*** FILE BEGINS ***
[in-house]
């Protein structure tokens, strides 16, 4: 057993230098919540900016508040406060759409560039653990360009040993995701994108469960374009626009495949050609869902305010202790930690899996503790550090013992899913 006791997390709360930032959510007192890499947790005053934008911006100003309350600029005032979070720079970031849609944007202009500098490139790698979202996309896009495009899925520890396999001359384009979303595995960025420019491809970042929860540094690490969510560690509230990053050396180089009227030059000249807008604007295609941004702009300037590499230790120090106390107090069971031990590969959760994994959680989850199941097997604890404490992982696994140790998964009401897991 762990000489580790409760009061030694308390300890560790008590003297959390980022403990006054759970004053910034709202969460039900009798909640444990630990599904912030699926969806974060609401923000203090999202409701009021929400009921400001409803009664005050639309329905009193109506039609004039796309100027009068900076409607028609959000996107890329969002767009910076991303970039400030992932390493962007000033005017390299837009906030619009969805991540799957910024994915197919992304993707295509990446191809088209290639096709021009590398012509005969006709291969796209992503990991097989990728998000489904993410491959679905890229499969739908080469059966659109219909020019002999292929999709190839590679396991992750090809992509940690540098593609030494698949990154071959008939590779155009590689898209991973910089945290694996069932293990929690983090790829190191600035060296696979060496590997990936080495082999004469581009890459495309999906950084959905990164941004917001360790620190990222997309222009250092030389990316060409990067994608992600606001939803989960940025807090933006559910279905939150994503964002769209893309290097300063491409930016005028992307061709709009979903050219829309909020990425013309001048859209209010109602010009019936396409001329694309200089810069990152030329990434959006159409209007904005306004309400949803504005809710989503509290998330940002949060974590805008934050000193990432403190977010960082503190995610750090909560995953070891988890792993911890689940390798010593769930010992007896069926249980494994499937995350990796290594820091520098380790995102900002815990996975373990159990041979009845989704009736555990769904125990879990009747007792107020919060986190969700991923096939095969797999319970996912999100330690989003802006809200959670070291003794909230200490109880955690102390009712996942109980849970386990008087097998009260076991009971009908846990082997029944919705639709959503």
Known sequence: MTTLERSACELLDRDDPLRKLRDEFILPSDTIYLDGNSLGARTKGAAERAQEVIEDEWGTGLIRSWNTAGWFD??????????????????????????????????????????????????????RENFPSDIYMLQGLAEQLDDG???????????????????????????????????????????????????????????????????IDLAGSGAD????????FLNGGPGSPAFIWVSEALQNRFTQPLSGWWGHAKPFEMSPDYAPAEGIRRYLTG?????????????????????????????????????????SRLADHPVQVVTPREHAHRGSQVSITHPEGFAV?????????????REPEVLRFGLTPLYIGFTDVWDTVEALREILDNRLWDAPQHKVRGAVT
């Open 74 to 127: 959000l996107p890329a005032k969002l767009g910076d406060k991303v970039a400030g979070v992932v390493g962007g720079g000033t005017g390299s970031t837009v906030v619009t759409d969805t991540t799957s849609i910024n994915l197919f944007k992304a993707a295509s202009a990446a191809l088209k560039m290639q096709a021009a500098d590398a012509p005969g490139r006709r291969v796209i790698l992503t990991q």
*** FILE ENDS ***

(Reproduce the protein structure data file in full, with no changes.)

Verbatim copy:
[in-house]
């Protein structure tokens, strides 16, 4: 057993230098919540900016508040406060759409560039653990360009040993995701994108469960374009626009495949050609869902305010202790930690899996503790550090013992899913 006791997390709360930032959510007192890499947790005053934008911006100003309350600029005032979070720079970031849609944007202009500098490139790698979202996309896009495009899925520890396999001359384009979303595995960025420019491809970042929860540094690490969510560690509230990053050396180089009227030059000249807008604007295609941004702009300037590499230790120090106390107090069971031990590969959760994994959680989850199941097997604890404490992982696994140790998964009401897991 762990000489580790409760009061030694308390300890560790008590003297959390980022403990006054759970004053910034709202969460039900009798909640444990630990599904912030699926969806974060609401923000203090999202409701009021929400009921400001409803009664005050639309329905009193109506039609004039796309100027009068900076409607028609959000996107890329969002767009910076991303970039400030992932390493962007000033005017390299837009906030619009969805991540799957910024994915197919992304993707295509990446191809088209290639096709021009590398012509005969006709291969796209992503990991097989990728998000489904993410491959679905890229499969739908080469059966659109219909020019002999292929999709190839590679396991992750090809992509940690540098593609030494698949990154071959008939590779155009590689898209991973910089945290694996069932293990929690983090790829190191600035060296696979060496590997990936080495082999004469581009890459495309999906950084959905990164941004917001360790620190990222997309222009250092030389990316060409990067994608992600606001939803989960940025807090933006559910279905939150994503964002769209893309290097300063491409930016005028992307061709709009979903050219829309909020990425013309001048859209209010109602010009019936396409001329694309200089810069990152030329990434959006159409209007904005306004309400949803504005809710989503509290998330940002949060974590805008934050000193990432403190977010960082503190995610750090909560995953070891988890792993911890689940390798010593769930010992007896069926249980494994499937995350990796290594820091520098380790995102900002815990996975373990159990041979009845989704009736555990769904125990879990009747007792107020919060986190969700991923096939095969797999319970996912999100330690989003802006809200959670070291003794909230200490109880955690102390009712996942109980849970386990008087097998009260076991009971009908846990082997029944919705639709959503």
Known sequence: MTTLERSACELLDRDDPLRKLRDEFILPSDTIYLDGNSLGARTKGAAERAQEVIEDEWGTGLIRSWNTAGWFD??????????????????????????????????????????????????????RENFPSDIYMLQGLAEQLDDG???????????????????????????????????????????????????????????????????IDLAGSGAD????????FLNGGPGSPAFIWVSEALQNRFTQPLSGWWGHAKPFEMSPDYAPAEGIRRYLTG?????????????????????????????????????????SRLADHPVQVVTPREHAHRGSQVSITHPEGFAV?????????????REPEVLRFGLTPLYIGFTDVWDTVEALREILDNRLWDAPQHKVRGAVT
């Open 74 to 127: 959000l996107p890329a005032k969002l767009g910076d406060k991303v970039a400030g979070v992932v390493g962007g720079g000033t005017g390299s970031t837009v906030v619009t759409d969805t991540t799957s849609i910024n994915l197919f944007k992304a993707a295509s202009a990446a191809l088209k560039m290639q096709a021009a500098d590398a012509p005969g490139r006709r291969v796209i790698l992503t990991q």